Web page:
Maybe in order to demand respect from other people, we first have to demand it from ourselves. Maybe I shouldn't just go along, day by day, but should proactively plan what would be good for me, a gift for me, each day, just like I might if I were in love with someone and wanting to do something that made them healthy and happy.

I tell myself that eating lowcarb is proactive. It's a start. I'm getting a lot more movement into my days, and that's a start too.

Eating regularly would help a helluva lot, I think. Drinking enough water would help. Eating more protein and less fiber would help. Taking my vitamins would help. Using my essential oils would help (seriously). In short, taking care of myself.

If I respected myself properly, wouldn't I take better care of myself? Would it have to be a grand rare occasion when I got all required food, water, vitamins, and whatever self-care all in the same day?

Because I cannot change the behavior of my mate or my kid, both of whom (for different reasons) are totally On My List today, I think I should focus on changing my own behavior. I think I should shoulder the world aside when necessary to make room for myself to have time to eat, clean space to eat in, and some personal time to take care of myself. I think if I treated myself like someone I loved, someone I wanted to take care of, this is what I would do.

And maybe, as a side effect, treating myself well will sort of "trickle down" into my reality to others around me.


kudzu said...

You said it seem to have an excellent understanding of let's see you do it! It's not so difficult, you know.

I've been enjoying reading your blog. A bit of advice I'd like to share with you, from 7 years of experience with LC. In one of your previous posts (obviously on a happier day), you were brimming with enthusiam for cooking and living the LC life. That's great, but you must remember that you won't feel that kind of enthusiam every day. Being a busy single mom, I'd wager that you'll have more days than not when you just don't feel like doing what is necessary food-wise. I think it's very important to keep simple foods on hand for those days. Keep a stash of cut up cheese and hard-boiled eggs, etc. in the fridge. Cut up all your salad veggies as soon as you bring them home, so salads will be quick and easy to assemble all week. Keep the fixings of a simple meal always at hand. Every meal does not need to be a great recipe. Nothing wrong with a simple steak or pork chop, hamburger etc., served with a salad. And one of the things that serves me best is cooking breakfast for the whole week, so all I have to do is nuke it for a minute each morning. I usually make a cheese/sausage/egg casserole that yield six generous portions. Very easy to make. I've noticed that whenever I go off plan, it usually starts with skipping a good breakfast. In short, take the daily thought out of eating right. If it's right in front of you already prepared, you just eat it and don't give much thought to it. This way you really only need that enthusiasm once a week (when you do your prep work).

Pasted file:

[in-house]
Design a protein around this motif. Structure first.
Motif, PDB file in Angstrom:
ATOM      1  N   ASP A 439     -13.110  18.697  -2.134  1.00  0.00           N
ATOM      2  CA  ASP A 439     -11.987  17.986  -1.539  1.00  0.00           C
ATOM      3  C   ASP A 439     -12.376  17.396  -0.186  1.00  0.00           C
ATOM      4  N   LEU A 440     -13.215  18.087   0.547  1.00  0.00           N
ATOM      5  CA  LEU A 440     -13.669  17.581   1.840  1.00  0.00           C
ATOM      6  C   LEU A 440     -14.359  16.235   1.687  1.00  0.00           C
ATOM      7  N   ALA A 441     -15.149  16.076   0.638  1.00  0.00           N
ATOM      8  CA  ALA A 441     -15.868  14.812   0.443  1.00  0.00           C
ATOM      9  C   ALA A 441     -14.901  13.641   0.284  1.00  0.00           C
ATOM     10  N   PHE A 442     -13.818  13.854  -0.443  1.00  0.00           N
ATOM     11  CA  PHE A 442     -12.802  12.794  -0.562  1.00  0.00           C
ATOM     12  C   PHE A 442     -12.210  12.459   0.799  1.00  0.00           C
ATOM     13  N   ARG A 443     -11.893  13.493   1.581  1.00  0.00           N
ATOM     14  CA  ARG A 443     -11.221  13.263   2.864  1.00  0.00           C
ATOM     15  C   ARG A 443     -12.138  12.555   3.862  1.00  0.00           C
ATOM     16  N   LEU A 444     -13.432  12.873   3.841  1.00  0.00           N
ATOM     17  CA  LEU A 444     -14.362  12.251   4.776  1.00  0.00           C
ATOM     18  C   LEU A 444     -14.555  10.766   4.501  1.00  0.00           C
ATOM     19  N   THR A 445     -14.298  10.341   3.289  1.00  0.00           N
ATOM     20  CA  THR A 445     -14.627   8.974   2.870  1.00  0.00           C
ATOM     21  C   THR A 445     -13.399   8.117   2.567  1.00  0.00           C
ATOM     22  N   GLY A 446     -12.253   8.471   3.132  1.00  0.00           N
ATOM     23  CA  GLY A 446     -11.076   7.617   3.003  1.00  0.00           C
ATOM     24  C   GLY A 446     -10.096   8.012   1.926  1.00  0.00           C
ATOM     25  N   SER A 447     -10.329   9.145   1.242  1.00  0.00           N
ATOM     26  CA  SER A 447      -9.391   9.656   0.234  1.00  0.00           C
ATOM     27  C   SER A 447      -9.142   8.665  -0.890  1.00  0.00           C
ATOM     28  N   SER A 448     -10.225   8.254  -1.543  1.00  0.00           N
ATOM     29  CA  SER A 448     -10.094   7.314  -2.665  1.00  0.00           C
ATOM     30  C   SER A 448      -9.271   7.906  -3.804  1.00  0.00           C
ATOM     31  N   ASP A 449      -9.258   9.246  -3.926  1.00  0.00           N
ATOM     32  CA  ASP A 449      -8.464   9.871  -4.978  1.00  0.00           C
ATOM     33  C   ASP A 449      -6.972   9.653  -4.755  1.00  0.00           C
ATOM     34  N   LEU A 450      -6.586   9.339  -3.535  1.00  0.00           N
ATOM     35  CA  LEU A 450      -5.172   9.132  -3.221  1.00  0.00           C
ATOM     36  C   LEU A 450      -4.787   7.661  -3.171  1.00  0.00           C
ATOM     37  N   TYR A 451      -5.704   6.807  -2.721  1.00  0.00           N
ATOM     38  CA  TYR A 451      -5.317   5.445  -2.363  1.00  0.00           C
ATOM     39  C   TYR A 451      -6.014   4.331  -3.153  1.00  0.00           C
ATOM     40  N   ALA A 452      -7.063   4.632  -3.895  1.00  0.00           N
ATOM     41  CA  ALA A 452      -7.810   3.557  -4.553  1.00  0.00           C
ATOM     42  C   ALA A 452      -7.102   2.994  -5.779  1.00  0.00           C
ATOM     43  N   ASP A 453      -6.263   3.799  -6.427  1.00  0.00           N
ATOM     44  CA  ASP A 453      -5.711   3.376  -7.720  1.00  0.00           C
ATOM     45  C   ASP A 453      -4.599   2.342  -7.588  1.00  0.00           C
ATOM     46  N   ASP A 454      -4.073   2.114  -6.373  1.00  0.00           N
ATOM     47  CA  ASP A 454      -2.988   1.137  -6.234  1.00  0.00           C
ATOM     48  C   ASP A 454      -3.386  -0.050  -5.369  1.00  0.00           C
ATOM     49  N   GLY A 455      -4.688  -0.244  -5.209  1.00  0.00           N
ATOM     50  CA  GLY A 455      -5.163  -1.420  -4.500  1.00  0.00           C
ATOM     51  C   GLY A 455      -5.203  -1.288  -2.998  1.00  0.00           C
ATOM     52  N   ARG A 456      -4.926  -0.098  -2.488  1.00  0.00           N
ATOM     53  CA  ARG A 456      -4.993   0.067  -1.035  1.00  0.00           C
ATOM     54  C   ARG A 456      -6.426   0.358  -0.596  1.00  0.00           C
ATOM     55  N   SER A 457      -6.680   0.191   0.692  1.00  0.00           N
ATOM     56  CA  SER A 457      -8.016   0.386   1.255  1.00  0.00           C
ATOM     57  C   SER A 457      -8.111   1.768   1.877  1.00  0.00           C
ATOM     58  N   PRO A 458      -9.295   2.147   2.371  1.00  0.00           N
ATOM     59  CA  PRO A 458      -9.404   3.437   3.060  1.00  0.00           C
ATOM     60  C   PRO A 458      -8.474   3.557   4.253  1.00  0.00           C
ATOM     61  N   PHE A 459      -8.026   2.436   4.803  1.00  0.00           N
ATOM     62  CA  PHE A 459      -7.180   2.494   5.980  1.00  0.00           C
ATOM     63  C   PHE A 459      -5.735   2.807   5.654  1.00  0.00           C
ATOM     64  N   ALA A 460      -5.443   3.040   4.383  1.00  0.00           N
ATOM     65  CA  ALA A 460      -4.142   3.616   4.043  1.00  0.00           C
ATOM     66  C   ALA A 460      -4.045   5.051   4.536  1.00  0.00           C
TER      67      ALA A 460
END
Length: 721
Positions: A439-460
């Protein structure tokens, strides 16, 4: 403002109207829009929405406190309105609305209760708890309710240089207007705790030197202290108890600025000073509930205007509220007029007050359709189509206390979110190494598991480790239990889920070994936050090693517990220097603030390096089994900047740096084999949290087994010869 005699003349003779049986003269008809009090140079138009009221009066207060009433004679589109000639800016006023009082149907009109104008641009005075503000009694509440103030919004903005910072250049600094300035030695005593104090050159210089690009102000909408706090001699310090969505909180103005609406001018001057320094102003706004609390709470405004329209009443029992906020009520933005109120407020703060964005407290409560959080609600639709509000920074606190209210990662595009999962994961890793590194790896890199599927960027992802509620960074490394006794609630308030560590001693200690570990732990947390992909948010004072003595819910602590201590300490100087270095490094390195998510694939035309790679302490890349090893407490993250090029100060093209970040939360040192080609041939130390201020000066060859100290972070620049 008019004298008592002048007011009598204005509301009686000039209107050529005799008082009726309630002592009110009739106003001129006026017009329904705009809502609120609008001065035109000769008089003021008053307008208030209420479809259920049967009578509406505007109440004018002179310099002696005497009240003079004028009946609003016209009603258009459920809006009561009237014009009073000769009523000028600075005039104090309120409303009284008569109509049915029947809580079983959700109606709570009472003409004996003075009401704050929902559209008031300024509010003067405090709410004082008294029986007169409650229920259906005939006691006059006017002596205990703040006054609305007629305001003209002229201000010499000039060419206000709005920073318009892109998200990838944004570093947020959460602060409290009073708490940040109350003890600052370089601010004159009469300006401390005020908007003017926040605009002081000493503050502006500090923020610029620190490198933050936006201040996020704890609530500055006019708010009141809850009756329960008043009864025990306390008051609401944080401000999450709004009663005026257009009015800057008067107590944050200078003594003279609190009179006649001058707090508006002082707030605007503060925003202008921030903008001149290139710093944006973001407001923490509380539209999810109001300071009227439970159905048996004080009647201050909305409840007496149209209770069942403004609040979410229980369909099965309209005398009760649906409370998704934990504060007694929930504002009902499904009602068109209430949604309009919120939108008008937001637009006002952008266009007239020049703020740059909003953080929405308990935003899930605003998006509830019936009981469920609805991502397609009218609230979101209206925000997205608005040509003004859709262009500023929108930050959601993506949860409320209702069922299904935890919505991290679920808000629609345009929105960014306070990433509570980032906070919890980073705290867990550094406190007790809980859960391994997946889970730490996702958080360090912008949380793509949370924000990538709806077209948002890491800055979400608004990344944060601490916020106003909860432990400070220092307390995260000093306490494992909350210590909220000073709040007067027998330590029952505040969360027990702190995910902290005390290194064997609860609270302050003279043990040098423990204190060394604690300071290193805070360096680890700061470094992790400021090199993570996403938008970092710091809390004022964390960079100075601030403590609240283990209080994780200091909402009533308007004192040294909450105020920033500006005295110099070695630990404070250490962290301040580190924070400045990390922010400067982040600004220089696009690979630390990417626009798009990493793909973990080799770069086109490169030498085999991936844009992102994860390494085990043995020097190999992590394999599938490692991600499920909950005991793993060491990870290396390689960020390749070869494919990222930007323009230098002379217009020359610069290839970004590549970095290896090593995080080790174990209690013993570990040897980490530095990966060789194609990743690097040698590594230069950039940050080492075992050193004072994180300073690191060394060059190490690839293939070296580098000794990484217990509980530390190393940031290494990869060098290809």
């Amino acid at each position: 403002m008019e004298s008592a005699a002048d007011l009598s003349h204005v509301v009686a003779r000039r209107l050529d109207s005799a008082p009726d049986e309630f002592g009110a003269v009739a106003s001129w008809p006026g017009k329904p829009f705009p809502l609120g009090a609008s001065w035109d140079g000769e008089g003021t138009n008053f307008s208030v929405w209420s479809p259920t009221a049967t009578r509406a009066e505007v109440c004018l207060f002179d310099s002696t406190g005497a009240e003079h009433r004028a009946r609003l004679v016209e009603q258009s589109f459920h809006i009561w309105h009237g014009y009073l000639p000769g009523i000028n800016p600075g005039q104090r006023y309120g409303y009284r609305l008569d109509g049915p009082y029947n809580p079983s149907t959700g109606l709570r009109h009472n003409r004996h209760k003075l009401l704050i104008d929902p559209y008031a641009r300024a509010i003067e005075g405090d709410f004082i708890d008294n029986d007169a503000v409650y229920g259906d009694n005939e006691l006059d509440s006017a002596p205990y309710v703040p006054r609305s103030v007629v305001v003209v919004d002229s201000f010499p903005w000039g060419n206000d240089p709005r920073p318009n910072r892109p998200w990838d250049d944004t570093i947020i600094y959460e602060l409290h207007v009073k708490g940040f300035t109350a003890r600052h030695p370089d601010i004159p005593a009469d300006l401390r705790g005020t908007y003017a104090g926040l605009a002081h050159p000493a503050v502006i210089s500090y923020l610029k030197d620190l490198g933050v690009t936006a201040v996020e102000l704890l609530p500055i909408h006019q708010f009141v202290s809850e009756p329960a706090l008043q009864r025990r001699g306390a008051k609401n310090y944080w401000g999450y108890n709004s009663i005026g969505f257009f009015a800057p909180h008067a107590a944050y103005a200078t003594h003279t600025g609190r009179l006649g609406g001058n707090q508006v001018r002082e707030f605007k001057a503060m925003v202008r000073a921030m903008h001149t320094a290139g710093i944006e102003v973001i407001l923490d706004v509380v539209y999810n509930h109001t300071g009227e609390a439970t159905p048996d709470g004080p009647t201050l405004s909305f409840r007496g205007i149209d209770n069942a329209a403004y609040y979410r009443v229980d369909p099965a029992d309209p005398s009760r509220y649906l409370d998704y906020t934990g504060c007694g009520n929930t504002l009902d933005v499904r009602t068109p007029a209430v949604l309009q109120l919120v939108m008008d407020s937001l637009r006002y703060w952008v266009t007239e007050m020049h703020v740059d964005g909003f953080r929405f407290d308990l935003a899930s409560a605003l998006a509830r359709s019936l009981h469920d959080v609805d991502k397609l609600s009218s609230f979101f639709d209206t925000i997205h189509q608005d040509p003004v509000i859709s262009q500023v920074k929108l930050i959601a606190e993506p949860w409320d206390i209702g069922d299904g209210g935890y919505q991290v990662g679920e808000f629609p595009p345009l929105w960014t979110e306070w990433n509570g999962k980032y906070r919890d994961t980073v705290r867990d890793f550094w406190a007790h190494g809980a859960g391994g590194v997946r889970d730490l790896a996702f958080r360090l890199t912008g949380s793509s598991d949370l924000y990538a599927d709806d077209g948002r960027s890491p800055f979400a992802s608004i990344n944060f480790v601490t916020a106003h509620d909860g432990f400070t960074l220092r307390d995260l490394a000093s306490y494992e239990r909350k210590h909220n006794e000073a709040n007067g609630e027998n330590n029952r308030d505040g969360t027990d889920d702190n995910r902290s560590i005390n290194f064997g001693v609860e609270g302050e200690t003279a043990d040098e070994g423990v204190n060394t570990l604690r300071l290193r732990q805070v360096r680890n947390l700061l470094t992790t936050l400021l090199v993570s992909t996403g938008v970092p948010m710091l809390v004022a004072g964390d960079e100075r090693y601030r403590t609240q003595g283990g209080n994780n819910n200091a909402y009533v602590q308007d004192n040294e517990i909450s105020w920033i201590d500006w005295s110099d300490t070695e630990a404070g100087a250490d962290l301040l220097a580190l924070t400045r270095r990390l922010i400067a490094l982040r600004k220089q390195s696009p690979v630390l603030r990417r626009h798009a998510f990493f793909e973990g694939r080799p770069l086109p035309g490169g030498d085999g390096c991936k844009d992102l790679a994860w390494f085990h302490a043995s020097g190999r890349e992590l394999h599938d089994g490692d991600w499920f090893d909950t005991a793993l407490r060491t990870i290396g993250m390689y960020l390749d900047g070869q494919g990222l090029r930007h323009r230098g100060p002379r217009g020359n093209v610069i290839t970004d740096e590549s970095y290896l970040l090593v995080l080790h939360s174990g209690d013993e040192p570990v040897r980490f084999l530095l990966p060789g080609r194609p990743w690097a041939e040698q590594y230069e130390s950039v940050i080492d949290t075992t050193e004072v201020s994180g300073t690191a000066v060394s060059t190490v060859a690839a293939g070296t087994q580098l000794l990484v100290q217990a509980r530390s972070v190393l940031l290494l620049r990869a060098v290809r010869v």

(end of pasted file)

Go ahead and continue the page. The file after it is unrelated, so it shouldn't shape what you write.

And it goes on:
Anonymous said...

Dr Phil and other folks in the self-help realm often say that we teach people how to treat us. When we start treating ourselves better I think we are moving in the right direction to teaching others how we want to be treated, there is a lot more to it of course, but I love your perspective. Keep up the blogging.